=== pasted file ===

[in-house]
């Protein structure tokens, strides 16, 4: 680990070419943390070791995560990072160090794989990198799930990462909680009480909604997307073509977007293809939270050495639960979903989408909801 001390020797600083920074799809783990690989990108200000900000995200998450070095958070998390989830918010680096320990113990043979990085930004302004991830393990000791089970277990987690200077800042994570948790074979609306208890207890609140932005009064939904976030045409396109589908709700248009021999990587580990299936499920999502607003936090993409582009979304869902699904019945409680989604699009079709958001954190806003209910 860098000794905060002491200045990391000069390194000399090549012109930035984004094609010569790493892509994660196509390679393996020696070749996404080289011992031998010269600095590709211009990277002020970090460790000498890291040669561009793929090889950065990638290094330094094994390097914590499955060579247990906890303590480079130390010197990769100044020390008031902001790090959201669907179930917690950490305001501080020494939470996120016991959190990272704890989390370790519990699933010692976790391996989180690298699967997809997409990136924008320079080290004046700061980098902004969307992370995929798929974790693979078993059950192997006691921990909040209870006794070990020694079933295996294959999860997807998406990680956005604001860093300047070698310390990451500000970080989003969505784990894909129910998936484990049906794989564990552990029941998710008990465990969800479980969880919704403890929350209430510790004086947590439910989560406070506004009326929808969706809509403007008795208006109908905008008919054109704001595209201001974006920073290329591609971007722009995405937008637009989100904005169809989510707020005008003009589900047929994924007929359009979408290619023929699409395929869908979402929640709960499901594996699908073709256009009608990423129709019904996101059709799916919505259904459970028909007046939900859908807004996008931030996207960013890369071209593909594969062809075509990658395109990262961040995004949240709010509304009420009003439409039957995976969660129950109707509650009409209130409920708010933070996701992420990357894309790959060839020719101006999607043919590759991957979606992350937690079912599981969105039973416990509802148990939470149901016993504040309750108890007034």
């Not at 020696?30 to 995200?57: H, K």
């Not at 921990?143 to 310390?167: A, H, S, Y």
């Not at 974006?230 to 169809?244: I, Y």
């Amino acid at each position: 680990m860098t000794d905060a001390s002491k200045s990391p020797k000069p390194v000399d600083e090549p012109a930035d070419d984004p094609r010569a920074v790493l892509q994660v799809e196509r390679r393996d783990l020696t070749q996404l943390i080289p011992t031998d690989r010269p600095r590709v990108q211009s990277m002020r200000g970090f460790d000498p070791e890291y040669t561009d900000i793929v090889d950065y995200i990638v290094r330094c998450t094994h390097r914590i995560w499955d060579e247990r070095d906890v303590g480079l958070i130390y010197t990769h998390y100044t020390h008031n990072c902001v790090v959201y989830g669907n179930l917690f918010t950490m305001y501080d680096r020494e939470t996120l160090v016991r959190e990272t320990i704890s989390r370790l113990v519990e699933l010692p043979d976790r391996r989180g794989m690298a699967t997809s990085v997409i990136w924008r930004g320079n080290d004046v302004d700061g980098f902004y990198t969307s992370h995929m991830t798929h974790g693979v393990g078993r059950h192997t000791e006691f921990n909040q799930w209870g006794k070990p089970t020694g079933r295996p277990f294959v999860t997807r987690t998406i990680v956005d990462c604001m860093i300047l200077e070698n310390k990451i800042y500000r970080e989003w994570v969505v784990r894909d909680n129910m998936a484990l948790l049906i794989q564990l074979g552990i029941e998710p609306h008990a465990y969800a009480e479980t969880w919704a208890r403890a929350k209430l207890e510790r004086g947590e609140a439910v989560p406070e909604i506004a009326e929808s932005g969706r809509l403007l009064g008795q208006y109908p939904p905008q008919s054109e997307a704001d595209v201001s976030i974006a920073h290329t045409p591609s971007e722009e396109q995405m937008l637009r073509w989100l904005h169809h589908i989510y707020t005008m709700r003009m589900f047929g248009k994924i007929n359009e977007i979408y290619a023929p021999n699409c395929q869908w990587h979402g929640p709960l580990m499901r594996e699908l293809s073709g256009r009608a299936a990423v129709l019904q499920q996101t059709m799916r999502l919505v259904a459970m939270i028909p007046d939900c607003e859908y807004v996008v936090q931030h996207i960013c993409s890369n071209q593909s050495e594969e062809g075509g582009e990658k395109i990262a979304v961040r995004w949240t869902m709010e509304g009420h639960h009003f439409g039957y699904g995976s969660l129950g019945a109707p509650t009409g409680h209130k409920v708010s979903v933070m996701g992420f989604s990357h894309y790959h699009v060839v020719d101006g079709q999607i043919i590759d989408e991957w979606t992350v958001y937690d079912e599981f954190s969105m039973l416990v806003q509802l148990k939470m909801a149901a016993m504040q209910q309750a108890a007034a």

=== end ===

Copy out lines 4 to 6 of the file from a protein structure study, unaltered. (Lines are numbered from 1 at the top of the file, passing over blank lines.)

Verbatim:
């Not at 921990?143 to 310390?167: A, H, S, Y």
């Not at 974006?230 to 169809?244: I, Y």
């Amino acid at each position: 680990m860098t000794d905060a001390s002491k200045s990391p020797k000069p390194v000399d600083e090549p012109a930035d070419d984004p094609r010569a920074v790493l892509q994660v799809e196509r390679r393996d783990l020696t070749q996404l943390i080289p011992t031998d690989r010269p600095r590709v990108q211009s990277m002020r200000g970090f460790d000498p070791e890291y040669t561009d900000i793929v090889d950065y995200i990638v290094r330094c998450t094994h390097r914590i995560w499955d060579e247990r070095d906890v303590g480079l958070i130390y010197t990769h998390y100044t020390h008031n990072c902001v790090v959201y989830g669907n179930l917690f918010t950490m305001y501080d680096r020494e939470t996120l160090v016991r959190e990272t320990i704890s989390r370790l113990v519990e699933l010692p043979d976790r391996r989180g794989m690298a699967t997809s990085v997409i990136w924008r930004g320079n080290d004046v302004d700061g980098f902004y990198t969307s992370h995929m991830t798929h974790g693979v393990g078993r059950h192997t000791e006691f921990n909040q799930w209870g006794k070990p089970t020694g079933r295996p277990f294959v999860t997807r987690t998406i990680v956005d990462c604001m860093i300047l200077e070698n310390k990451i800042y500000r970080e989003w994570v969505v784990r894909d909680n129910m998936a484990l948790l049906i794989q564990l074979g552990i029941e998710p609306h008990a465990y969800a009480e479980t969880w919704a208890r403890a929350k209430l207890e510790r004086g947590e609140a439910v989560p406070e909604i506004a009326e929808s932005g969706r809509l403007l009064g008795q208006y109908p939904p905008q008919s054109e997307a704001d595209v201001s976030i974006a920073h290329t045409p591609s971007e722009e396109q995405m937008l637009r073509w989100l904005h169809h589908i989510y707020t005008m709700r003009m589900f047929g248009k994924i007929n359009e977007i979408y290619a023929p021999n699409c395929q869908w990587h979402g929640p709960l580990m499901r594996e699908l293809s073709g256009r009608a299936a990423v129709l019904q499920q996101t059709m799916r999502l919505v259904a459970m939270i028909p007046d939900c607003e859908y807004v996008v936090q931030h996207i960013c993409s890369n071209q593909s050495e594969e062809g075509g582009e990658k395109i990262a979304v961040r995004w949240t869902m709010e509304g009420h639960h009003f439409g039957y699904g995976s969660l129950g019945a109707p509650t009409g409680h209130k409920v708010s979903v933070m996701g992420f989604s990357h894309y790959h699009v060839v020719d101006g079709q999607i043919i590759d989408e991957w979606t992350v958001y937690d079912e599981f954190s969105m039973l416990v806003q509802l148990k939470m909801a149901a016993m504040q209910q309750a108890a007034a």